Should the $1 Million Title III Cap Be Raised?

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Although small business are looking forward to the long overdue Title III regulations that will allow them to raise real equity from small non-accredited investors, it may not be the financial dream that it seems. The expected cap on the amount of funding that will be allowed is just $1 million. The goal of the cap is admirable: to limit the risks for the small business and the investor.

There is one question to be asked: would having $1,000,001 really be more risking than just having $1 million? Although that question could be asked at any cap level, the results from the UK prove that $1 million is probably too low of a number. A publicly traded company called Chapel Downs was able to raise nearly £4 million on an equity crowdfunding platform.

Last we checked, the UK is still thriving.

Change Might Be In the Air For More Money

Raising the cap above $1 million has been on many minds as of late, especially since 2015 is expected to be the year that Title III finally becomes a reality. Congressman Patrick McHenry has long been a big backer of the JOBS Act and his thoughts are that the cap could be raised as high as $10 million without there being much additional risk to the American economy.

There will always be the idea of risk in the back of an investor’s mind, but the risks of high value funding are negligible. In a world where $75 million can easily be raised through equity crowdfunding for real estate projects, why would $1 million in the small business industry, where 98% of jobs are created, be so problematic?

There are two reasons behind this:
1. The government is trying to still limit investment access to the wealthiest 1% of the nation.
2. There is an overt lack of trust in the American public.

We believe the issue here is one of timing. When the JOBS Act was initially proposed, many industries were still feeling the direct effects of the Great Recession of 2008-2009. The caps were in place because credit was tightening up all over the place. By limiting access, it would become possible to limit the potential losses of a failure if it occurred.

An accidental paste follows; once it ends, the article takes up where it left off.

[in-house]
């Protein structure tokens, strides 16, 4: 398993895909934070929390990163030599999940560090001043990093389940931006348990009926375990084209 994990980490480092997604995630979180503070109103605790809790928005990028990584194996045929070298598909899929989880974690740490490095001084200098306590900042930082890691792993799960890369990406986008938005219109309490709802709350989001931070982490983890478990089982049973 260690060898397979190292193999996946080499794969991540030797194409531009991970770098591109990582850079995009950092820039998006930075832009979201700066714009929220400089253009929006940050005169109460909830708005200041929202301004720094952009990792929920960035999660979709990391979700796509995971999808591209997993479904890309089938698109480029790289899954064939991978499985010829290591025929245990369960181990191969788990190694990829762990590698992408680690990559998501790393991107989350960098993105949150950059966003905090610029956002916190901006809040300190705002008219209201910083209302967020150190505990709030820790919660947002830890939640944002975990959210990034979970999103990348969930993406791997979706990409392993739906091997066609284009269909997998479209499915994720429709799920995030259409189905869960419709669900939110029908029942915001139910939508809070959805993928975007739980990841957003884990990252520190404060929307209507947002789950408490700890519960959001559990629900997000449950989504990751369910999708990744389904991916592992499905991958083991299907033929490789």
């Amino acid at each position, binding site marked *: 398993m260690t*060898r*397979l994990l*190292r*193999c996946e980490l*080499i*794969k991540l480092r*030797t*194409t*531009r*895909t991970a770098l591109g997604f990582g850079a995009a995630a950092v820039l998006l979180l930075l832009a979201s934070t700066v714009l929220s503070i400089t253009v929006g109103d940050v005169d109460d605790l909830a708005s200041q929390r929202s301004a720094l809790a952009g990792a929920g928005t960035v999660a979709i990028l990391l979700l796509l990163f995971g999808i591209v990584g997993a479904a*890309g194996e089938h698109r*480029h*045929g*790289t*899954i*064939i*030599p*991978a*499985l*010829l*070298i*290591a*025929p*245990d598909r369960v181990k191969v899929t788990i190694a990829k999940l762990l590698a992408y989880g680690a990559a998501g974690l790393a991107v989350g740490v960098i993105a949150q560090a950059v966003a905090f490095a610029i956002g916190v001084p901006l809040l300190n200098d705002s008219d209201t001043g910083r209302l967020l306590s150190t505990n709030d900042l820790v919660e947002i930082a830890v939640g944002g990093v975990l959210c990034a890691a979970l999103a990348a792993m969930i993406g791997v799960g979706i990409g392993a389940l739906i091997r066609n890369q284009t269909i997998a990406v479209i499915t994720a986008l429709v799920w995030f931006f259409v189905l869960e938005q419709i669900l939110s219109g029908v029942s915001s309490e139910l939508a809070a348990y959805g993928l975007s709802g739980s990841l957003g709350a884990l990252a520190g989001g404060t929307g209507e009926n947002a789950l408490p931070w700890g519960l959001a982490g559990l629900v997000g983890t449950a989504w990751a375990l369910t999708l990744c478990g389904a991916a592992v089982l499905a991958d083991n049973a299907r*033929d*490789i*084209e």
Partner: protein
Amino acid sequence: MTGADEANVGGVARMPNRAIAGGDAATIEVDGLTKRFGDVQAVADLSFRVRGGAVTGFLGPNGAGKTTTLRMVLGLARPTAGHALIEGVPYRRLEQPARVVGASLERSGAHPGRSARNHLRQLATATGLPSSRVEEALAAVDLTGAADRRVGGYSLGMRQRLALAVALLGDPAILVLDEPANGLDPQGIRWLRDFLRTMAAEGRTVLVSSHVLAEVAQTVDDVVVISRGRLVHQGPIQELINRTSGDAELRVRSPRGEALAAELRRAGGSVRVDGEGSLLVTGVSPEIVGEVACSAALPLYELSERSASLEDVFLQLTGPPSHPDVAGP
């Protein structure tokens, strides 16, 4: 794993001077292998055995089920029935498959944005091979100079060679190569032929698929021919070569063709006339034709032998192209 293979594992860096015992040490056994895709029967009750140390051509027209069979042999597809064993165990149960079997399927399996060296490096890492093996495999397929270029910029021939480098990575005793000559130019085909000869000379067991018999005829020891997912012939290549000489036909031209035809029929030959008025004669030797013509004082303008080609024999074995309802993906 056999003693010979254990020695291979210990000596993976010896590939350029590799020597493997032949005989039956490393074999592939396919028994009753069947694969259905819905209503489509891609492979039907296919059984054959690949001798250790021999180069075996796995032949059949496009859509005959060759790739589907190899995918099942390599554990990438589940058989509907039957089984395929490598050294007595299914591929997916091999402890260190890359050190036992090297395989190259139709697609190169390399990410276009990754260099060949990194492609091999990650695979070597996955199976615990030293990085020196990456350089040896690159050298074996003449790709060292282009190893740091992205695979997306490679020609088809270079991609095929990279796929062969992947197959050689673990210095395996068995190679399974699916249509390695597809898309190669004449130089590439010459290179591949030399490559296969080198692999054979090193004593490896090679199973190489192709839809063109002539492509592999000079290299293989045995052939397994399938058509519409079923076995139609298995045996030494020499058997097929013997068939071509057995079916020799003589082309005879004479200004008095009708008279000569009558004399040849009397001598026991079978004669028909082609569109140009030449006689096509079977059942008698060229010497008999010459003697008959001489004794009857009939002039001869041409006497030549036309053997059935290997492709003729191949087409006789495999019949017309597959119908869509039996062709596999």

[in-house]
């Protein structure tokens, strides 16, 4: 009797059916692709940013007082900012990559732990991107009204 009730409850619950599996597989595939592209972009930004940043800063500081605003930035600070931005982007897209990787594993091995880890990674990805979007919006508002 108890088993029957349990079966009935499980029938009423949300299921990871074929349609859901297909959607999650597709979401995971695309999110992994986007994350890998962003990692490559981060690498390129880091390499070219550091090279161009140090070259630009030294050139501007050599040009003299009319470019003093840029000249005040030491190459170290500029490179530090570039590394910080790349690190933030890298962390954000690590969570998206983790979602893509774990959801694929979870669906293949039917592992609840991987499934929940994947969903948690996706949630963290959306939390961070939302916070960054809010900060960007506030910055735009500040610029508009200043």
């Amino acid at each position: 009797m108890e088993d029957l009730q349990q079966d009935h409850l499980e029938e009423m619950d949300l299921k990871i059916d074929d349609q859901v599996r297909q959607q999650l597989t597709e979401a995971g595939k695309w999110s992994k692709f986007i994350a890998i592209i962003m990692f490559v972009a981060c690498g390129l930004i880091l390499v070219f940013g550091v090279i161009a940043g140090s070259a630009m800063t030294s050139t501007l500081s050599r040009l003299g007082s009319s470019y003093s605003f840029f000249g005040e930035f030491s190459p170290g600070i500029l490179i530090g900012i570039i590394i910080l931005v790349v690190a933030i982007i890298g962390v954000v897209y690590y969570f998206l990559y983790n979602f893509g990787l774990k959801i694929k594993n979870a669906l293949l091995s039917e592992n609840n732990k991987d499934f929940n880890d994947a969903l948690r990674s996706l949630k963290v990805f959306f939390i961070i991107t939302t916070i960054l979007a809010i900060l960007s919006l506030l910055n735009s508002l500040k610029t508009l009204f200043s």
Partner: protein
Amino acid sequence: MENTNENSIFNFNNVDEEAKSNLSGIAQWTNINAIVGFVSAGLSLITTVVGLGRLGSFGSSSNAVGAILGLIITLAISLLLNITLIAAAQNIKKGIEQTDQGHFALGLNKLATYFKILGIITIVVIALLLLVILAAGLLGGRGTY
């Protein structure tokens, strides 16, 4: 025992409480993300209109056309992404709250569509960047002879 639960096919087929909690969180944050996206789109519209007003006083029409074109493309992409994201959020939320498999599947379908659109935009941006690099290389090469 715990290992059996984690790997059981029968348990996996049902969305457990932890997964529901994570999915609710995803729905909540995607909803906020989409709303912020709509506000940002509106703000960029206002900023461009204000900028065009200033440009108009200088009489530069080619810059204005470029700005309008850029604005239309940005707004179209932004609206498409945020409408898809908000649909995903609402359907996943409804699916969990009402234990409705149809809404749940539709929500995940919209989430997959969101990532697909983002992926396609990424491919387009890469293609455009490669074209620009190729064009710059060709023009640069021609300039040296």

The economy has progressed past this point. Incomes are finally starting to increase. Some households are going to see their first raise in 8 years in 2015. Combine this with the fact that the companies who will be equity crowdfunding will not be risky startups, but companies that have already got their proof of concept accepted, and you will be having investors line up around any virtual corner to put down $100 [if not more] to earn a return.

Is America Still a Democratic Economy?

With the cap in place, it is the small business and the small investor that will suffer. We have proven time and time again that when the lowest economic classes find success that we all find success. The poor should have to rely on a 1 in 20 billion shot at the lottery for the chance to change their stars. They should be given the opportunity to invest what they have into an exciting opportunity so that they can legitimately earn their way into new tax brackets.

If a household’s extra $20 on a $1 million investment is really that much trouble, then why are we even bothering with Title III at all?

If the cap is going to remain at $1 million, then the workaround solution that several states have created in the absence of Title III might be the answer. It harkens back to the era where states could control their own destiny, set most of their own rules, and govern themselves in whatever way they saw fit. Equity crowdfunding has been happening at the state level and it has been successful.

If common sense ruled the day, we would look at the examples in the UK and the examples set by the states and see that the low cap just doesn’t make sense. Unfortunately common sense is not ruling the day. We’ve invented a desire to prevent fraud as a way of covering up the fact that the upper echelons of society don’t want to share success.

People can’t be protected from themselves forever. It takes risk to build wealth. Sometimes an investment won’t pay a return like expected. Those in the wealthy class have filed for bankruptcy just like the 99% have. The only difference is that the wealthy class isn’t limited to a $1 million cap.

Everyone else will be. That needs to change… or the retail crowdfunding industry is going to be dead on arrival.